TW: What is the best piece of advice you can offer someone looking to embark on writing their first novel?

LR: William Faulkner gave the best advice to aspiring writers when he said, “Read, read, read. Read everything -- trash, classics, good and bad, and see how they do it. Just like a carpenter who works as an apprentice and studies the master. Read! You'll absorb it. Then write. If it's good, you'll find out. If it's not, throw it out of the window.”

Quick fire questions: 

TW: Your favourite Geraldine Steel book in the series so far?

LR: That is an impossible question to answer. I hope they are all equally enjoyable to read, as they have been to write.

TW: Your favourite crime/thriller series by another author?

LR: There are too many to choose from, and this question is not as simple as it appears. Depending on my mood I might want to read an entertaining writer like LC Tyler, or someone darker such as Chris Carter, a page turner like Lee Child, a historical novel, a psychological thriller, a domestic noir, or a spy thriller. There are numerous brilliant authors, many of them writing today, and many sub genres of crime fiction to suit different moods in the reader.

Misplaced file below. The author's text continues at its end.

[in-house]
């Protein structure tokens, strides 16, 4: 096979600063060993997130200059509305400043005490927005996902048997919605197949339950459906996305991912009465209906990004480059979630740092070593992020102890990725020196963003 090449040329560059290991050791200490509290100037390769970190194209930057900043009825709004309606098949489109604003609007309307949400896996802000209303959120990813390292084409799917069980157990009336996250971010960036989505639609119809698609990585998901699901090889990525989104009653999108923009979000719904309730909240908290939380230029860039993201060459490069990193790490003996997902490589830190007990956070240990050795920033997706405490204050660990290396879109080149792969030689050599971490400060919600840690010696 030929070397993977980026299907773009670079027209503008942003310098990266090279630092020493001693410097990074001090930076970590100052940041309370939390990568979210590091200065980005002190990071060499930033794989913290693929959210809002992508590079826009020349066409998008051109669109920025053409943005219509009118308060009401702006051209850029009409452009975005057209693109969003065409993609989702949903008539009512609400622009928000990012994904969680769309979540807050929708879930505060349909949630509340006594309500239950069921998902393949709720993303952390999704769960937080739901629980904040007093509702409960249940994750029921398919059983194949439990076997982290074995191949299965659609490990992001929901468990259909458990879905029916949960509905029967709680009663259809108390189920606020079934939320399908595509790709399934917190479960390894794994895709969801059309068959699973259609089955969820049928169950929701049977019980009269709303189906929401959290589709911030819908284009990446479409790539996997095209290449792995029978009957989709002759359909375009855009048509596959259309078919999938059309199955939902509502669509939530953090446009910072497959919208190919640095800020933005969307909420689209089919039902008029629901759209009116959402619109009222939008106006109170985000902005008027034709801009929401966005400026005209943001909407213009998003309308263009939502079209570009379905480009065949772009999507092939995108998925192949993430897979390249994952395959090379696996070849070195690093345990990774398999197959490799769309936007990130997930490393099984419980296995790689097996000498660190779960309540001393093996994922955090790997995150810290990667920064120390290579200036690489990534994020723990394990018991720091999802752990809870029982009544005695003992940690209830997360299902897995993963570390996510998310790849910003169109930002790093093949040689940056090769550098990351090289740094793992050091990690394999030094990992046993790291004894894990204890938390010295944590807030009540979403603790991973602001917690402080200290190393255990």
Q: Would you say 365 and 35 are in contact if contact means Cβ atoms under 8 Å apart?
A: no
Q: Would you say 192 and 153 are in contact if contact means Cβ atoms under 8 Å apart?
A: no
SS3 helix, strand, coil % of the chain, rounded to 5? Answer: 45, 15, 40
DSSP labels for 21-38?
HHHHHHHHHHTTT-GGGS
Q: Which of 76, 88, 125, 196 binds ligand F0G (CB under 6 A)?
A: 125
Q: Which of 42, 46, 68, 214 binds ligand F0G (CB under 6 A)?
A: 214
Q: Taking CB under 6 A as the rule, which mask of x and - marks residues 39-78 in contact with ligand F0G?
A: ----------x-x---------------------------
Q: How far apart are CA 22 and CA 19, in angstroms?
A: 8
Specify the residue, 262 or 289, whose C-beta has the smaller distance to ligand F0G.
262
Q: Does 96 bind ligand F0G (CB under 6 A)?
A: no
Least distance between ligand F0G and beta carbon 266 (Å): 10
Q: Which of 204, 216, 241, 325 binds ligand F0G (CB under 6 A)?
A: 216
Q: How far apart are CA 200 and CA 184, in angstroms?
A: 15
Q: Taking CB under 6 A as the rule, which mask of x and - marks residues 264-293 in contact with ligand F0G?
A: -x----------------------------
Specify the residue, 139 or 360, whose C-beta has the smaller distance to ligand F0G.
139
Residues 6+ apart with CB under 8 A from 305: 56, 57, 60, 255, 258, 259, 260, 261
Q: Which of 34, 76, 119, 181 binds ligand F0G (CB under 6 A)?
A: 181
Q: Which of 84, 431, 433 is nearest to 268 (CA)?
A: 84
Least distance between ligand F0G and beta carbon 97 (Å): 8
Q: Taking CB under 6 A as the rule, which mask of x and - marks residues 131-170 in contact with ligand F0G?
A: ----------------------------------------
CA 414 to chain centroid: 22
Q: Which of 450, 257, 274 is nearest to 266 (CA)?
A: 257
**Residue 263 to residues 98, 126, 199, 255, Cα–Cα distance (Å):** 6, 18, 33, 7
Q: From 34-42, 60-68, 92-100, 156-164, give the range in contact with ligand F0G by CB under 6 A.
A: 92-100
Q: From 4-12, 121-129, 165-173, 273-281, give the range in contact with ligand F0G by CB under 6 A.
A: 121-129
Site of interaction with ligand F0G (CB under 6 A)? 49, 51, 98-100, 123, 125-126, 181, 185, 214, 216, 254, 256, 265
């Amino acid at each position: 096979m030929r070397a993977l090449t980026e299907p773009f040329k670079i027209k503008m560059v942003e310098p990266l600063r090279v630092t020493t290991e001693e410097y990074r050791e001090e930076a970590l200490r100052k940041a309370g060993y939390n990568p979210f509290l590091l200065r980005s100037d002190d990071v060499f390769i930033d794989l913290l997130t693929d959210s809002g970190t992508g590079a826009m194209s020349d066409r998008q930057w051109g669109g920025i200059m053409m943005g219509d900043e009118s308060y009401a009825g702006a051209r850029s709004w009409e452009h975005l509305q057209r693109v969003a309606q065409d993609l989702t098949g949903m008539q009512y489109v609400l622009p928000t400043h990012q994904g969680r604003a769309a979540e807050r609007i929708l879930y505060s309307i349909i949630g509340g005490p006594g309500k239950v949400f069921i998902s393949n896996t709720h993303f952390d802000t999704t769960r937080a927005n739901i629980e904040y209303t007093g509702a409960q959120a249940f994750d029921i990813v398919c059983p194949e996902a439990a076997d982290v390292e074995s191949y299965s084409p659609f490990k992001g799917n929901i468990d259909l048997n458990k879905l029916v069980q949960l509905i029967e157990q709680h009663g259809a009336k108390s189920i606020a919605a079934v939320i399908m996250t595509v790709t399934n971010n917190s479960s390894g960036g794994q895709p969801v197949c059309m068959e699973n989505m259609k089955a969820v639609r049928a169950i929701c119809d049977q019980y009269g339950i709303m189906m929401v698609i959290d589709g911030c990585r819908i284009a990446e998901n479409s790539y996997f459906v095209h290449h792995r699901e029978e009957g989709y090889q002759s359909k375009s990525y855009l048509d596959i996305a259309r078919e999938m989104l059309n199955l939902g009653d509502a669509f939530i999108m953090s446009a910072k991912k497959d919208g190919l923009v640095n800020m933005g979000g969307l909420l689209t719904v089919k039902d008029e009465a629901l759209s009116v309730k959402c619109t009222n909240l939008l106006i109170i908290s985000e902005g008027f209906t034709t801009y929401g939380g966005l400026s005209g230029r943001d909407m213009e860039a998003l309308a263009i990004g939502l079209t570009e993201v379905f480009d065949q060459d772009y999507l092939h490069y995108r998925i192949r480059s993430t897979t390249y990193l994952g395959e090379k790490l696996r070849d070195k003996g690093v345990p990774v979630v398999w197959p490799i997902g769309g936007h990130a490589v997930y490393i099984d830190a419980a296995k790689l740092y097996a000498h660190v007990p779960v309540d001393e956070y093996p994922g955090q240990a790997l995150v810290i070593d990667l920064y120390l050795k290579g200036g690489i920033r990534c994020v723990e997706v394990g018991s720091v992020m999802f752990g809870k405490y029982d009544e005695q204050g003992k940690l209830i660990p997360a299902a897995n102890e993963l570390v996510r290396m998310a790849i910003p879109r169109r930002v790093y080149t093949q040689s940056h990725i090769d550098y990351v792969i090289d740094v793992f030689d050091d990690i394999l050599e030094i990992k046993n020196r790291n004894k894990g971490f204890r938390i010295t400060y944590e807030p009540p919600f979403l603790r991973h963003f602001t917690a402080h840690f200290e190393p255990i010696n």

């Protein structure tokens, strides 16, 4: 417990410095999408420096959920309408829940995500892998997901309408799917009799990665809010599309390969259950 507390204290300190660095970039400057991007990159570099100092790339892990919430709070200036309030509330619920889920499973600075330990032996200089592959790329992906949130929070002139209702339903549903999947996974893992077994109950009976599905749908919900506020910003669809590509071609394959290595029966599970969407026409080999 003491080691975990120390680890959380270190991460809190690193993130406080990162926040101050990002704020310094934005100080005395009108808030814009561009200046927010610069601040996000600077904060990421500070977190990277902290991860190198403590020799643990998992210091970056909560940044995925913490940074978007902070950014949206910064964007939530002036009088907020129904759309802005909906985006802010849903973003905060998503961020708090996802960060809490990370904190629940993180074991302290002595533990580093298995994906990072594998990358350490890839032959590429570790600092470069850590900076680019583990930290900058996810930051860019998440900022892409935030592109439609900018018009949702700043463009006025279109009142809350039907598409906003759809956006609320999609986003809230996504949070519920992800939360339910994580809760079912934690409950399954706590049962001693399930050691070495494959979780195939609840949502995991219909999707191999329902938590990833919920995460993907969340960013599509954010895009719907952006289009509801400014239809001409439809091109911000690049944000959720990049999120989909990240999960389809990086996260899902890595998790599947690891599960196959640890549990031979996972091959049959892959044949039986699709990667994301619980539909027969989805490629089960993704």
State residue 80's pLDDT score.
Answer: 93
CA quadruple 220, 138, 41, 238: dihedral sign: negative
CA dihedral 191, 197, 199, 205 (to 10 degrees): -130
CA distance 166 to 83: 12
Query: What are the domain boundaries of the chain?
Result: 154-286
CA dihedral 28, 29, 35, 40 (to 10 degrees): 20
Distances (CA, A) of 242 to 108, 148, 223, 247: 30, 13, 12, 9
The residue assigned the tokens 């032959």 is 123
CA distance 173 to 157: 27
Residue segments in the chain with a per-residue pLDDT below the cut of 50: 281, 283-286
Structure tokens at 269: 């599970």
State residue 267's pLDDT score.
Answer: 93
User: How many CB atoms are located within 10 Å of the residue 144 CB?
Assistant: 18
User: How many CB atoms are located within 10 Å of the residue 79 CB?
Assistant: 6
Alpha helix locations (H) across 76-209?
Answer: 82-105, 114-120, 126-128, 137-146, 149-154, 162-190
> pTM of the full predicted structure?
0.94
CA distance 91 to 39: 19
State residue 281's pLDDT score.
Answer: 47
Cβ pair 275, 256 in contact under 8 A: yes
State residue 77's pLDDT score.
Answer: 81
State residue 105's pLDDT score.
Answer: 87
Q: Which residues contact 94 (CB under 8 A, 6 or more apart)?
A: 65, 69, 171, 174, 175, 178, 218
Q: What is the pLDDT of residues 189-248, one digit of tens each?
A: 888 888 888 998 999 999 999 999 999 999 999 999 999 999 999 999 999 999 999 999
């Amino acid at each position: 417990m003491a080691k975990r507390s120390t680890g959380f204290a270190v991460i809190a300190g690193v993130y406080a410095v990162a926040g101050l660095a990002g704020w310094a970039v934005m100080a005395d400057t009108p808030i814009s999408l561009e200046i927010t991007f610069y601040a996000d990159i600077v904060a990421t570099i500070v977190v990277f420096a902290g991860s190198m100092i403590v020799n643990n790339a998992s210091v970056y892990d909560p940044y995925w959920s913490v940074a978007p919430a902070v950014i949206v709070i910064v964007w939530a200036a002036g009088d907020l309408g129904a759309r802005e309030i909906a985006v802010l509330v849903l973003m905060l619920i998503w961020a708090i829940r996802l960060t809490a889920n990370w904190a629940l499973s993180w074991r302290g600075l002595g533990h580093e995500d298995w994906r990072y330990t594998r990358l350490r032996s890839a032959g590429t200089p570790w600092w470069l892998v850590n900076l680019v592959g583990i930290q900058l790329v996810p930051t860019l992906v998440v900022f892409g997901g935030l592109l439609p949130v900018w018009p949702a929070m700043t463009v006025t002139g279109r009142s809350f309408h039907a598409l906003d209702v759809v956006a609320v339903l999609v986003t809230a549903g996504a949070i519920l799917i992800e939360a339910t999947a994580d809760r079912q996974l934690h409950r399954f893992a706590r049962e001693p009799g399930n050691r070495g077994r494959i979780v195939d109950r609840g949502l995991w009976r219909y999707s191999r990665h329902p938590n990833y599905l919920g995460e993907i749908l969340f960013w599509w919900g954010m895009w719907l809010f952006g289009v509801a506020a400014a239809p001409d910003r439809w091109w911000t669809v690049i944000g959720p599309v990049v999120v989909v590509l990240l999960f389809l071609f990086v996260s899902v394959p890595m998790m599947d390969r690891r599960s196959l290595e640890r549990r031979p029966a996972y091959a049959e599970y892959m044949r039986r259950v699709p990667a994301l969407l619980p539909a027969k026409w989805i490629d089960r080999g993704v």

TW: Your favourite book for a long journey?

LR: My ‘favourite’ book changes and it’s difficult to mention just one. But if this is for a long journey, then perhaps Ken Follett.

TW: Your favourite thing to do to relax?

LR: Read or write.

TW: Your favourite tipple?

LR: Gin and tonic or, for a celebration, Prosecco.

Thanks Leigh!
Photograph of author Leigh Russell

More about Deep Cover:

When a sex worker dies in suspicious circumstances in York, Detective Inspector Geraldine Steel struggles to remain focused on the murder investigation: she is distracted by her worries about her colleague and life partner, Ian Peterson, who has disappeared. 

As Geraldine becomes close to her new DS, Matthew, she is unaware that Ian is working undercover in London, trying to identify a criminal gang who have been targeting her. As a second victim is discovered in York, and Ian's life is threatened by a psychopath the tension mounts. If he fails in his mission, both he and Geraldine may die...


Next week on Thriller Women our special guest is Paula Hawkins talking about her latest novel A Slow Fire Burning. Bookmark so you don't miss out!